The way a lawyer told it to a federal judge in Boise, Idaho, the small town of Hailey is practicing discrimination because it won’t let his client land his private jet. But the jet owned by California millionaire Ronald N. Tutor is no ordinary plane. The Associated Press says it carries more than 120 passengers with ease, weighs as much as 170,000 pounds and is really a customized version of a Boeing 737 jetliner. Nonetheless, the lawyer says Hailey’s stubbornness violates his constitutional right to travel freely, and he wants the town, which is close to Sun Valley, to pay $75,000 in damages.
A soupcon of sadness crept into Dick Kreck’s column in the Denver Post about the annual get-together of ranchers and wannabes at the National Western Stock Show. Sure, there was the guy selling bull semen from Great Falls, Mont., and his company’s slogan was unchanged: "We stand behind every cow we service." But conversations overheard in crowded hallways focused on drought and selling off cattle. What was worse, said Kreck, was seeing more visitors hover around kitchen gear than farm equipment. The paper also shared some cowboy jargon you don’t hear every day: "Roach killers" are extra-pointy cowboy boots and "realizers" are cattle so played out that "ranchers realize it is better just to put them down." The words also work to describe a relationship that’s doomed: "That girl or guy is a realizer."
Hats off to Helen Klein, an 80-year-old great-grandmother from Sacramento, Calif., who ran a marathon last December in 4:31:32. And it wasn’t her only major race: Klein ran five marathons in 2002. "Not bad for someone who never played sports, smoked for 25 years and didn’t start running until age 55," says Ed Mayhew, author of Fitter After 50.
Keep your hat on for a Yacolt, Wash., man who ended last year by kissing a rattlesnake not once but twice. A doubtful friend tried to stop him the second time, saying, "OK, man, you’re being stupid, put it away." But Matt George, 21, replied, "It’s OK, I do it all the time." That’s when the so-called pet bit George under his moustache. Though hospitalized at first in critical condition, George survived, reports the AP. The rattler did not, after George’s friend stomped it to death with his cowboy boot.
Portland, Ore., is becoming known for turning roofs into backyards in what is called the "ecoroof" movement. Roofs that function as gardens are said to delay runoff for hours after a big storm, prevent flooding, and filter pollution and heavy metals from rainwater, reports the AP. "Once a person sees all the things that an ecoroof can do," says an environmentalist in Portland, "I expect we’ll see a lot more." Two years ago, Portland approved a regulation that allows developers to expand their buildings if they include an ecoroof, making it the only city in North America to offer the incentive. Living roofs, common in Germany, Holland and Switzerland, have their drawbacks: They cost about twice as much as hard coverings and require a steady interest in gardening.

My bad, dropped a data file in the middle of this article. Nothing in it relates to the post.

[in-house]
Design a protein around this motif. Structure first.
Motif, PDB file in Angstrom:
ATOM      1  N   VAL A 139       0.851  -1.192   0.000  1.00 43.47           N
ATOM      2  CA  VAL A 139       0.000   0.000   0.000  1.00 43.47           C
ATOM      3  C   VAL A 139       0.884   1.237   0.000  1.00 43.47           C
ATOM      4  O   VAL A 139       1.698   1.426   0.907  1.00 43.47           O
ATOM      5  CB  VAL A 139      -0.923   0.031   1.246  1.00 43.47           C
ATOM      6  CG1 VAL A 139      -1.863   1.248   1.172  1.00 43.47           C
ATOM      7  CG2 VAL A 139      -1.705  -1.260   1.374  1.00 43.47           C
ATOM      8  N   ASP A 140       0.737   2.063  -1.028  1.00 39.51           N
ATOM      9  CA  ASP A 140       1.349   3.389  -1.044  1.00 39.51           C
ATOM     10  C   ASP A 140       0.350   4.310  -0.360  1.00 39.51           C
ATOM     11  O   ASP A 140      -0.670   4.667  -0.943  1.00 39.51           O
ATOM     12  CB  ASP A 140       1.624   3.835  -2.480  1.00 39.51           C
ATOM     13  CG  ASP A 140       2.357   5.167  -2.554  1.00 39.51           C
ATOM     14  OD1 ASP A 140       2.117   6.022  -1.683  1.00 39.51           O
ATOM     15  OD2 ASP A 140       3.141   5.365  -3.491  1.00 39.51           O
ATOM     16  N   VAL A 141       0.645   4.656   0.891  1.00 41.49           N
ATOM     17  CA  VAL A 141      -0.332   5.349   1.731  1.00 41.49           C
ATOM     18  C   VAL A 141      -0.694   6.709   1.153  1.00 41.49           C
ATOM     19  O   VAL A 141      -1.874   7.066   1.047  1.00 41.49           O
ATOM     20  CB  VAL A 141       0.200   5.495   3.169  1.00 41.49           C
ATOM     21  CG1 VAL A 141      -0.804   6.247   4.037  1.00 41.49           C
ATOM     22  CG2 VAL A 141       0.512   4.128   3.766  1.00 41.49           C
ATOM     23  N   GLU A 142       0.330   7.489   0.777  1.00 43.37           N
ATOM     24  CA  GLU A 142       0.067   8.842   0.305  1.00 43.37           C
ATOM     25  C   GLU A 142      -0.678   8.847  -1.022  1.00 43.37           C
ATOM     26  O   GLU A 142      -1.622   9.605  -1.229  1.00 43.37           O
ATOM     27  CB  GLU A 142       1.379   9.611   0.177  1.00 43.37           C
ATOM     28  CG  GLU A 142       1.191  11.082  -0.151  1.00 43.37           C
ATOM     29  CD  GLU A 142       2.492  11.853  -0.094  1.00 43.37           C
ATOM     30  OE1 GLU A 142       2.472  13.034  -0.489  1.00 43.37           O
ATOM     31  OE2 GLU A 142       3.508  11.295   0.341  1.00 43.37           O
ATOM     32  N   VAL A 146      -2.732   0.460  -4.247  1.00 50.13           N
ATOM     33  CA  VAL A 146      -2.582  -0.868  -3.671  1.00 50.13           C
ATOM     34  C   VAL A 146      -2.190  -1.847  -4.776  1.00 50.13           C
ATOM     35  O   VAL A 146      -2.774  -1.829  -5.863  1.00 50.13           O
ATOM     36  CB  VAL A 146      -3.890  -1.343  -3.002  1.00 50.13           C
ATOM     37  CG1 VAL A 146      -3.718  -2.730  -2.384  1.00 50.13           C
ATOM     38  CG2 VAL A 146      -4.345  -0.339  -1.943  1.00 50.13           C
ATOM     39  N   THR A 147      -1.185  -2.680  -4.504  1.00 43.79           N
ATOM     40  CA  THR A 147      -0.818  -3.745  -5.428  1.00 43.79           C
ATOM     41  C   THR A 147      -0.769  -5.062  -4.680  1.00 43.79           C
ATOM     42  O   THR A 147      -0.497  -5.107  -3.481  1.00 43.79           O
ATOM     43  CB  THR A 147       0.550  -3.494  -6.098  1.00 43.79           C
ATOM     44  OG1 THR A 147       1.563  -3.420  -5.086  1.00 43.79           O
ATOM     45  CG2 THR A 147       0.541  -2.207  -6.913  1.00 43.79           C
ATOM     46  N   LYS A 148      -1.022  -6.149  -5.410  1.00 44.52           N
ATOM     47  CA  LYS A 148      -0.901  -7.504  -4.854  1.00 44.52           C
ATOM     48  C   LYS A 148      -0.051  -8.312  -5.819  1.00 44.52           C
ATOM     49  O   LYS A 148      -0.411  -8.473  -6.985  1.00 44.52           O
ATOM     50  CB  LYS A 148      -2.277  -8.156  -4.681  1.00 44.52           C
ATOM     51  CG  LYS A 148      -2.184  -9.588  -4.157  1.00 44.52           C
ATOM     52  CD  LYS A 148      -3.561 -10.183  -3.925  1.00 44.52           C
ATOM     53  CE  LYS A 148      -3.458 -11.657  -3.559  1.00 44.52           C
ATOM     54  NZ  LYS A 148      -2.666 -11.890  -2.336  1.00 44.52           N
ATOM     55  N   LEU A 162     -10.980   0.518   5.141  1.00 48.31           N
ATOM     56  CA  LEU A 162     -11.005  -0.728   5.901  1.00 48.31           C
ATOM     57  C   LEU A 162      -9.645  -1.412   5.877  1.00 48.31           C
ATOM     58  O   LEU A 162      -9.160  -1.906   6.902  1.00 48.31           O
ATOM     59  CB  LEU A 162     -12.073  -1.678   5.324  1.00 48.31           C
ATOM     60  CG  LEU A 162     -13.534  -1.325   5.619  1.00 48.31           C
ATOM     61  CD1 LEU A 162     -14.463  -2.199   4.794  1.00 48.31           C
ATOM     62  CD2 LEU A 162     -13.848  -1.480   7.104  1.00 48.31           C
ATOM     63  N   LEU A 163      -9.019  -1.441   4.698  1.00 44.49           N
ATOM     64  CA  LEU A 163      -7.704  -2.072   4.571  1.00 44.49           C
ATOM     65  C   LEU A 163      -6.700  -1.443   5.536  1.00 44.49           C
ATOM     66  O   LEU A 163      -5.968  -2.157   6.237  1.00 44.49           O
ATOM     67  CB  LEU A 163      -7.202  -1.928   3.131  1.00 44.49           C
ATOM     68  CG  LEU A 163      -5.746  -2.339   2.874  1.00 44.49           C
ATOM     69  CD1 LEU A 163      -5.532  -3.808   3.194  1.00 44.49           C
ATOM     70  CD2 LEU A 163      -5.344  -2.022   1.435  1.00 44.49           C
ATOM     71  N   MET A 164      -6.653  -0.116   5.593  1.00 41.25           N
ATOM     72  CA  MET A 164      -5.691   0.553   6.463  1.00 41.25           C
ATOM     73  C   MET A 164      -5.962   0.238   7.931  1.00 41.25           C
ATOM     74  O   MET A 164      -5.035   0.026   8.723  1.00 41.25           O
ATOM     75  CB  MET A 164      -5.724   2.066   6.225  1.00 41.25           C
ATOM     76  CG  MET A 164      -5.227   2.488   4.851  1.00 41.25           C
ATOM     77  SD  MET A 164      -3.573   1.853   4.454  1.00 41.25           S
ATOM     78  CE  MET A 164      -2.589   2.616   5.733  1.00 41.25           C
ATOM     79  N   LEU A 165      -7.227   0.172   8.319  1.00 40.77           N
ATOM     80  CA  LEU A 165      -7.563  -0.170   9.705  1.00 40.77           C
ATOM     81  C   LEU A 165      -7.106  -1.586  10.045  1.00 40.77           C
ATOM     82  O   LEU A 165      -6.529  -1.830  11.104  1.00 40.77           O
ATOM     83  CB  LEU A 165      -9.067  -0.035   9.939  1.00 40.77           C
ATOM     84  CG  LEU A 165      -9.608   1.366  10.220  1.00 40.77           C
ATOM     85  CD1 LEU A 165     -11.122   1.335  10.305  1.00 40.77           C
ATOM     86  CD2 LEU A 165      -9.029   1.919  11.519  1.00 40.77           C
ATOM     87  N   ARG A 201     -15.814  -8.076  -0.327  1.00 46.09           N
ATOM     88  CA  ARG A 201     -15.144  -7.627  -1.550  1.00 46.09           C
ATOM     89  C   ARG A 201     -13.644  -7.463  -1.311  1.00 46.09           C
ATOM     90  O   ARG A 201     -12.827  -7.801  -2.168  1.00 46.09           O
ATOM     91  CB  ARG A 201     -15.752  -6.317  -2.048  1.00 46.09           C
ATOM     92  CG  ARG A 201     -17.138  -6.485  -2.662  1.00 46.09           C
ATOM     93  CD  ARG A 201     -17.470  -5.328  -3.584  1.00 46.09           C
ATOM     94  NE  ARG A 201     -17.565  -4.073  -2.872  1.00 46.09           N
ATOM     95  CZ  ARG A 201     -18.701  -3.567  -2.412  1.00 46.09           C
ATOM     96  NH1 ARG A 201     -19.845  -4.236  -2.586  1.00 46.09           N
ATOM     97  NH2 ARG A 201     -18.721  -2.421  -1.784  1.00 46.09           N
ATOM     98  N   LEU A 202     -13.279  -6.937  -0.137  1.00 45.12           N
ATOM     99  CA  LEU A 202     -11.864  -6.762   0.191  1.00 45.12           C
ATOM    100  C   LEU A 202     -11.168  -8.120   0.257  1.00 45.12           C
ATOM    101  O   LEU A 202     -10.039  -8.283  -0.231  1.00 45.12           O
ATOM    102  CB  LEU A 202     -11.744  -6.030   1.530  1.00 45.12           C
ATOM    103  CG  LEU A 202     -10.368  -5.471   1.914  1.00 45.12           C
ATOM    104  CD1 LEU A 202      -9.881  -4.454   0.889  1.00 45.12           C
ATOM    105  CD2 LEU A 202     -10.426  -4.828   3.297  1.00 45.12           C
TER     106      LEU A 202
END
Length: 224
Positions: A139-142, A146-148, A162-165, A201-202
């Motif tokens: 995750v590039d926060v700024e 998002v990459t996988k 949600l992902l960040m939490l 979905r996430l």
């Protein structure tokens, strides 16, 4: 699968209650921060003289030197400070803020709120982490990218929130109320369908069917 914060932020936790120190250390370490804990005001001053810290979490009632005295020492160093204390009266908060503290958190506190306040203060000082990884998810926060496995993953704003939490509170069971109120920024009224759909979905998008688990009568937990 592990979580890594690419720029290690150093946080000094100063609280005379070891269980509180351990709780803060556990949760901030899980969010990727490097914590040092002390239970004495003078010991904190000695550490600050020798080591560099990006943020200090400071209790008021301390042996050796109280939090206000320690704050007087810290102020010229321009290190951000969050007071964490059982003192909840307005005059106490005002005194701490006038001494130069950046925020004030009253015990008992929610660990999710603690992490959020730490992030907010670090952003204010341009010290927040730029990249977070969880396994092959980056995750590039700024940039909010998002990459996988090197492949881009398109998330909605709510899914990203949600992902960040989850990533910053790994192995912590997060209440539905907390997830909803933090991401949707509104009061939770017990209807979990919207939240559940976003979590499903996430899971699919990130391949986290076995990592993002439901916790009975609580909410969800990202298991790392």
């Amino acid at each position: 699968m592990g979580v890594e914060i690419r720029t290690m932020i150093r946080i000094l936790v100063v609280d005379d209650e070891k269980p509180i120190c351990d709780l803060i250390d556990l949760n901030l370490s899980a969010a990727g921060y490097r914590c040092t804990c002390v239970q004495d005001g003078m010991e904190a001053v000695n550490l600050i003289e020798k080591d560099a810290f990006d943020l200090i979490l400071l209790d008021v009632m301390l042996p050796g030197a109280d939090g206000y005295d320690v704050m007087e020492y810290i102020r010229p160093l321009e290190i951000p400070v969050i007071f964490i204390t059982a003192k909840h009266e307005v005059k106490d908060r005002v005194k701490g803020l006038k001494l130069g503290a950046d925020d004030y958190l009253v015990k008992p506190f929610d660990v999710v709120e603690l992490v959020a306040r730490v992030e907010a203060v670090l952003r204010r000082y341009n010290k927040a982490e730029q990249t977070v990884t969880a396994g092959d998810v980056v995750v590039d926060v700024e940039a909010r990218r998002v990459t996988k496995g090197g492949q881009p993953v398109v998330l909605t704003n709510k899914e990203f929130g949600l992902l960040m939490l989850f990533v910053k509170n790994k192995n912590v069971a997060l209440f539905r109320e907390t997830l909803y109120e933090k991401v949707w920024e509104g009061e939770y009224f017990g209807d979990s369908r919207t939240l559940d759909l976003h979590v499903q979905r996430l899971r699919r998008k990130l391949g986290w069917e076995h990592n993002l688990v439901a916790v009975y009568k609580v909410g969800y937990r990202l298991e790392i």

There’s more than camouflage in Cabela’s, the catalog for outdoors fanatics. You can also purchase toys, such as the foot-high action figures "Big Game Hunter" and his buddy, "Hunter Dan." If you match up these buff boys with the tiny Trophy Whitetail Buck and then add an equally tiny all-terrain vehicle, possibilities for backcountry fun abound. Debra McKinney, writing in the Anchorage Daily News, was so enthralled she ordered the full complement but was taken aback by the blank gaze of her hero. Big Game Hunter’s face had a "diminished-capacity quality about it, as if he’d just come from the dentist," she said. As colleague Zaz Hollander discovered, the action heroes are also anatomically vacant. Yet the newsroom quickly found ways to play well with the figures, impaling one on the deer’s antlers and putting the other’s clothes onto a giant praying mantis.
An advertising agency in New York must have thought its commercial for Metamucil, an over-the-counter laxative, was a laugh riot: Just show a park ranger pouring a glass of it into Old Faithful, and then take credit for the geyser’s amazing ability to stay "regular." After she saw the ad, the word "dismay" probably doesn’t adequately describe the reaction of Suzanne Lewis, the superintendent of Yellowstone National Park. "My eyes got bigger, and my jaw dropped," she told the New York Times. She wrote to the ad agency, D’Arcy Masius Benton & Bowles, as well as Metamucil maker Proctor & Gamble, to complain about the commercial, even though it wasn’t actually filmed inside the park. Lewis said it encouraged vandalism of thermal features and implied that Old Faithful couldn’t possibly keep erupting without an over-the-counter medication. The ad, however, continues to run in several cities.
Betsy Marston is the editor of Writers on the Range, a service of High Country News in Paonia, Colorado (email@example.com). She appreciates tips and photos of quirky Western doings.
- Michael Welsh on Considering historical correctness in New Mexico
- Bob Laybourn on Considering historical correctness in New Mexico
- William R DeJager on Wolf pups, and the return of wild wonder
- Brad Bergstrom on Did Obama's Interior hobble the Endangered Species Act?
- Dwayne Meadows on Idaho’s sewer system is the Snake River